Suzanne can magically identify the magnitude of an earthquake as it’s happening. Yesterday we were sitting at her table playing a board game when an aftershock hit and after the first moment of doubt — was it going to be bad? — she shook her head and said, “Aftershock. Around a 4.” We went back to playing our game.
Much, much earlier in the day, she’d come outside to say, “You okay?”
I was standing in the doorway of the tiny house, in my pajamas, in the freezing cold, and responded, “Oh, yeah, fine. You?”
She was also fine and told me then that the earthquake that had just hit was around a 6. (Later she let me know that doorways are no longer the prescribed safe spot for earthquakes, and my best bet was probably just to stay in bed, which will be good news for future reference, and which I share with you just in case you need to know that, too.)
Before all that, however, I had the somewhat surreal experience of waking up to the earthquake, which — to be honest — was really kind of cool. Obviously not for the people who were injured or the ones with major property damage, so my sympathies to them, but my experience was not tragic or even particularly disturbing.
So! This is what happened: I was sleeping and as I came up out of sleep, my first reaction was that somehow I’d been in a car accident? And the police were already on the scene? So maybe I was hurt? Or maybe the accident was still happening? But why would the emergency vehicles be there already?
The lights were blinking in the tiny house. I have strip lighting with colors around my window and I never usually use the color, but whatever was happening with the power was causing the lights to flash on and off. Meanwhile the appliance lights were also going on and off so there was a red light blinking from my induction cooktop and a blue-ish white light appearing from my air fryer convection oven.
Things were moving, too. The induction cooktop is on a stand with wheels, and I’m fairly sure it was sliding forward, but the bed was very definitely shifting and shaking. It was noisy, but I couldn’t really tell you what the noise was — part of it was definitely appliances turning on and off, beeping from the cooktop, the fan starting and stopping on the air fryer and some of it was things falling over — but it also felt like a big outside noise, like I was enclosed inside a rumble.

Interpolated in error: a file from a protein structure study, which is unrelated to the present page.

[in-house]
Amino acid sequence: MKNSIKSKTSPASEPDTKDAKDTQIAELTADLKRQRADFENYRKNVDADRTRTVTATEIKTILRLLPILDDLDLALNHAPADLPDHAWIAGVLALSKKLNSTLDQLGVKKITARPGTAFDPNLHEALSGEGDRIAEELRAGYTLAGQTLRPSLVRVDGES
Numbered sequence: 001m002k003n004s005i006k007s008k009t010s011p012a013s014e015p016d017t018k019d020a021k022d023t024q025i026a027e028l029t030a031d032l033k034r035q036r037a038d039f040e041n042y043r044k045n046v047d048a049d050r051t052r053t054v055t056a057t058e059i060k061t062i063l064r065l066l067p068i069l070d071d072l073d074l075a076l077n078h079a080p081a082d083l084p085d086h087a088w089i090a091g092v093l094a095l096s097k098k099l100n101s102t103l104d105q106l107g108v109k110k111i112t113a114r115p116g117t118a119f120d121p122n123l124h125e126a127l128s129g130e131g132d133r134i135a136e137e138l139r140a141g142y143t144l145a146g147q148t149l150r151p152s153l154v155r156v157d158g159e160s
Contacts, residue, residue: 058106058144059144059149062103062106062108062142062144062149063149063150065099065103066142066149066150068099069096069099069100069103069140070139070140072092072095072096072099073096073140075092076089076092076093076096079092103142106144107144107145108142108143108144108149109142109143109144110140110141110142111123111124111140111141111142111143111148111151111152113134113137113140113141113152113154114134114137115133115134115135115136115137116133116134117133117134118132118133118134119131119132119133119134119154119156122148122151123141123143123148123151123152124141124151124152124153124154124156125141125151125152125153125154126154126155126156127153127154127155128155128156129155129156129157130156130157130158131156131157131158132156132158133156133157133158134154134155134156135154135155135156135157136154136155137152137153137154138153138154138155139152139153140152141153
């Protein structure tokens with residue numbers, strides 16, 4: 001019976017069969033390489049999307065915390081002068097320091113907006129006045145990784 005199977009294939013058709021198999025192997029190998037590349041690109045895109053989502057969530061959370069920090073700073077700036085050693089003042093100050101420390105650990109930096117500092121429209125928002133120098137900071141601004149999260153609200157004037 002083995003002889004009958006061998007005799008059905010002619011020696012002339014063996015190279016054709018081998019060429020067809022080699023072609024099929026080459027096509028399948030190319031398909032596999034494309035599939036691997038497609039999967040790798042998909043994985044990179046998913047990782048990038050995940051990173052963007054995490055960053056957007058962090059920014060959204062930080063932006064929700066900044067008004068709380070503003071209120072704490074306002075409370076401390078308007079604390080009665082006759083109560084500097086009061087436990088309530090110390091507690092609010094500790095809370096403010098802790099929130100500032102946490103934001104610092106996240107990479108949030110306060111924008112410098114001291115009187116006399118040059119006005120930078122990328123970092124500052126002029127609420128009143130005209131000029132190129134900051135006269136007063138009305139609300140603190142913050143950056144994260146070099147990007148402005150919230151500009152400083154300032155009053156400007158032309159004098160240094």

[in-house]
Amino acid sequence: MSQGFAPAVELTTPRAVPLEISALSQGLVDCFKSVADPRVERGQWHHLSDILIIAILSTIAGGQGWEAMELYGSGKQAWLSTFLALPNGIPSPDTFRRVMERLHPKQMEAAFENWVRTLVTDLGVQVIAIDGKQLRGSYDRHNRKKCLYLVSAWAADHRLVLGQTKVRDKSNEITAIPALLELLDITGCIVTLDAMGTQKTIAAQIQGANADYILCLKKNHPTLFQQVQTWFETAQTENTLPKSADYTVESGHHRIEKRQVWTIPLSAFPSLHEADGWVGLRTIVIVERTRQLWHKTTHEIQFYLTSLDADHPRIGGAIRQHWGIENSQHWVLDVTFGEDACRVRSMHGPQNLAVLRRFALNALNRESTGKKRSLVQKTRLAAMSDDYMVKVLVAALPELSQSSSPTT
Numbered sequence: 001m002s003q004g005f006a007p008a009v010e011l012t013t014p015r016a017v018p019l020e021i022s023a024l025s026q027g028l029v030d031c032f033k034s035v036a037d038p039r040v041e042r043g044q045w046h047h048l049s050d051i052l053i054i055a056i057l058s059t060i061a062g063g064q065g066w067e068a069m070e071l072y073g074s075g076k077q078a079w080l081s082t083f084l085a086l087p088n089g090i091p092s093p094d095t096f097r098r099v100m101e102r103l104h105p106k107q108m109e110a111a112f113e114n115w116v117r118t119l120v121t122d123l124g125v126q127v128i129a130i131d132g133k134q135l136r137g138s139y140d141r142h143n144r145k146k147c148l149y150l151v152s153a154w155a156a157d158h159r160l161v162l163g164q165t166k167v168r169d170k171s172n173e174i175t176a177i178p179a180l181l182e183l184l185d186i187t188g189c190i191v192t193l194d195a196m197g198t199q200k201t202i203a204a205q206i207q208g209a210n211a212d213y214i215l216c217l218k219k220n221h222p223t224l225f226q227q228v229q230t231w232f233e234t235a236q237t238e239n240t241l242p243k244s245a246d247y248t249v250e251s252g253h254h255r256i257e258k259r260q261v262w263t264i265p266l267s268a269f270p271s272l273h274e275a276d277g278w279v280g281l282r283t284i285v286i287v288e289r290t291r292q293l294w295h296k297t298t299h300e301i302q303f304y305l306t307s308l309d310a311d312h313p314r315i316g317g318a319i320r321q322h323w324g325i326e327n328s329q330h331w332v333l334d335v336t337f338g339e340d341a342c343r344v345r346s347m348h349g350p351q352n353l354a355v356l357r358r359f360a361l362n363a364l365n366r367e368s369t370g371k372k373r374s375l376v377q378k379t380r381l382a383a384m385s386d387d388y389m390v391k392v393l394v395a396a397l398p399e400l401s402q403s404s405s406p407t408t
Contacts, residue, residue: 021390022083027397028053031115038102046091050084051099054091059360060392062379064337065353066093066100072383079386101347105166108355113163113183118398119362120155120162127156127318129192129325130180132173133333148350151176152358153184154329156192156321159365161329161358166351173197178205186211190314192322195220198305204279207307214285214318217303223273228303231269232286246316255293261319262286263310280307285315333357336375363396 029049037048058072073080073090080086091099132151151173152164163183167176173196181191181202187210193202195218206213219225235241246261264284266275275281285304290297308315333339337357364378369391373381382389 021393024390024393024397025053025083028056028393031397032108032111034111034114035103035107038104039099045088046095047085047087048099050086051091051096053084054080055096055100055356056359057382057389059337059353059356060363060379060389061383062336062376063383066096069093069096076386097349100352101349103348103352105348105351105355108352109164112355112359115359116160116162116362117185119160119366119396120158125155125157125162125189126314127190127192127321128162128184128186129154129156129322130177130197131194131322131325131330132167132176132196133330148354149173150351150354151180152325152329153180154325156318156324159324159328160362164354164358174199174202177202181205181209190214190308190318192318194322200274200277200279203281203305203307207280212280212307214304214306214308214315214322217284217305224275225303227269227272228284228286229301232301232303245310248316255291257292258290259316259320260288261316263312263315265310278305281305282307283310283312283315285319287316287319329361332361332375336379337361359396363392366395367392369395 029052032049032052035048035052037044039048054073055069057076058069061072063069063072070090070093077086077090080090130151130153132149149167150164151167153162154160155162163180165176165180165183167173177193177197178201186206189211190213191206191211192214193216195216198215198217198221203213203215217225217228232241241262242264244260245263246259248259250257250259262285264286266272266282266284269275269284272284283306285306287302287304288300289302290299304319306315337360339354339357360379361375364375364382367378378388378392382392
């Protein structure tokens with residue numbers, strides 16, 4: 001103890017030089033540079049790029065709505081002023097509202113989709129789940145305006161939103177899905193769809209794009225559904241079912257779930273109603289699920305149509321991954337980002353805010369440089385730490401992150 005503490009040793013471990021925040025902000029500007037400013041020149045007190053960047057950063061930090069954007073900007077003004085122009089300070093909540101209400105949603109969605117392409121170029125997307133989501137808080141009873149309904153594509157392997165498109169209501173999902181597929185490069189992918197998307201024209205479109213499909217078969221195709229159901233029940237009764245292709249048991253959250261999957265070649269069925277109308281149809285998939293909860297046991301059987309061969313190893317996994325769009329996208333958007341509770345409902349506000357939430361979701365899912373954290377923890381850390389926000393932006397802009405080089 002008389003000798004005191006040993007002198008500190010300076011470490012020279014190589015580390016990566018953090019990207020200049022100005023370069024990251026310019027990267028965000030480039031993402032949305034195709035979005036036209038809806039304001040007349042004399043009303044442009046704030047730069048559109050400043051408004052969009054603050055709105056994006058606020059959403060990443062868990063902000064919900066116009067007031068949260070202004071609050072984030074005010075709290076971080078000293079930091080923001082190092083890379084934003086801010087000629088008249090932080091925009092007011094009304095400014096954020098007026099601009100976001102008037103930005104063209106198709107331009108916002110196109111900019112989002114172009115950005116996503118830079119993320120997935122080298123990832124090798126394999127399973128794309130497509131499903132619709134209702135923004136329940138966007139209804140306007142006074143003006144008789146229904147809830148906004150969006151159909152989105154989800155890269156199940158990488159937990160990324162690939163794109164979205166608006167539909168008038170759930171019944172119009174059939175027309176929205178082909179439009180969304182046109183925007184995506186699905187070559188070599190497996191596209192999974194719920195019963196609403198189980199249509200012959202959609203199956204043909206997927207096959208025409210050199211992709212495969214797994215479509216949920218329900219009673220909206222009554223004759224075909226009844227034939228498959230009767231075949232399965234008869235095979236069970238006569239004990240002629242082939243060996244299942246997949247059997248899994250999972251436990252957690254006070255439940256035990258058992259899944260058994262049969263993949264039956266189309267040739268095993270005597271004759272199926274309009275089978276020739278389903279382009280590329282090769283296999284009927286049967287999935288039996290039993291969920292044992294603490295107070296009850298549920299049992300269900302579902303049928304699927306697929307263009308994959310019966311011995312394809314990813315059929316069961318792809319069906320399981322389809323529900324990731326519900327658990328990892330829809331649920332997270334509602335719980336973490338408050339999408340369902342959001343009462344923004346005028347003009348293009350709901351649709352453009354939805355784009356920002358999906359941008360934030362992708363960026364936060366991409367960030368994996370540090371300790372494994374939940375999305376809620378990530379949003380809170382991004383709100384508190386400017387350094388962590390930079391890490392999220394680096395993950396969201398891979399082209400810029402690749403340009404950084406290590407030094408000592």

It took me a few seconds to get my sleeping brain to “oh, earthquake,” with a quick pause first on, “How could I be in a traffic accident, I’m in bed and I’m not hurt?” and then another few seconds to think, “Hmm, I should probably be doing whatever one is supposed to do in an earthquake,” and another few seconds to think, “I suppose it’s fortunate that I own so little, there’s nothing really to fall on me or even break, I don’t need shoes or to check for broken glass,” before I got out of bed and went to the doorway. By that time there was maybe a second or two of earthquake left, but mostly it was over.
And still! And dark! I stood in the doorway of the tiny house and it was so cold and clear and pretty, stars in the night sky, my breath fogging on the air. I know we had no power and that it was not quite 3AM, but it felt like there was plenty of light by which to see. (In fact, although I didn’t think about this at the time, I think it’s because Suzanne’s outside lights are solar-powered, so they were still on even though we’d lost power.)
Sophie was completely blasé about the whole thing. She was a little surprised that I was going outside, but followed me cheerfully enough. After Suzanne and I chatted, including me remembering that I hadn’t put my garbage out for collection and doing so, and touching base with the next door neighbors, Sophie was happy to follow me back to bed, too. Apparently there were aftershocks during the remainder of the night, but I slept through them. (Such cozy and relaxing sleep, in fact, that I’m going to start turning the power off to all my appliances before I go to bed, so that my room isn’t filled with little glowing nights all night long.)
Before I went to sleep, I did a quick calculation of east coast time, decided that I probably wouldn’t wake my dad, and sent him a text, just in case it was an earthquake big enough for people in other places to hear about. By the time I woke up, it was clear that it was. The text messages from friends and family checking in were loving, in the truest sense of making me feel loved.
I made my usual morning vegetable hash on the grill, while Suzanne made us instant coffee with her camping stove. She also pulled out her earthquake supplies from the shed, just in case we had an extended power loss. And then I had a fun day of texting with lots of people, hanging out with dogs and Suzanne, and playing board games. Also people-watching: the bagel store down the street was open, presumably on generator power and with hot coffee for sale, and the line was well past the door. Warm beverages, that’s what one wants during a minor natural disaster.
Our power came back on in the evening, when I was already snuggled deep into my covers (because it was really, really cold in the tiny house), so our earthquake experience is, I believe, basically over. I’ll have some cleaning to do today, because with no hot water, I didn’t wash dishes yesterday, but that should take me about twenty minutes max.
And then back to real life, which will include walking Sophie, eating healthy foods, and maybe, maybe writing about gratitude. But definitely celebrating the solstice, because today is the day that the light returns and that thought brings me joy.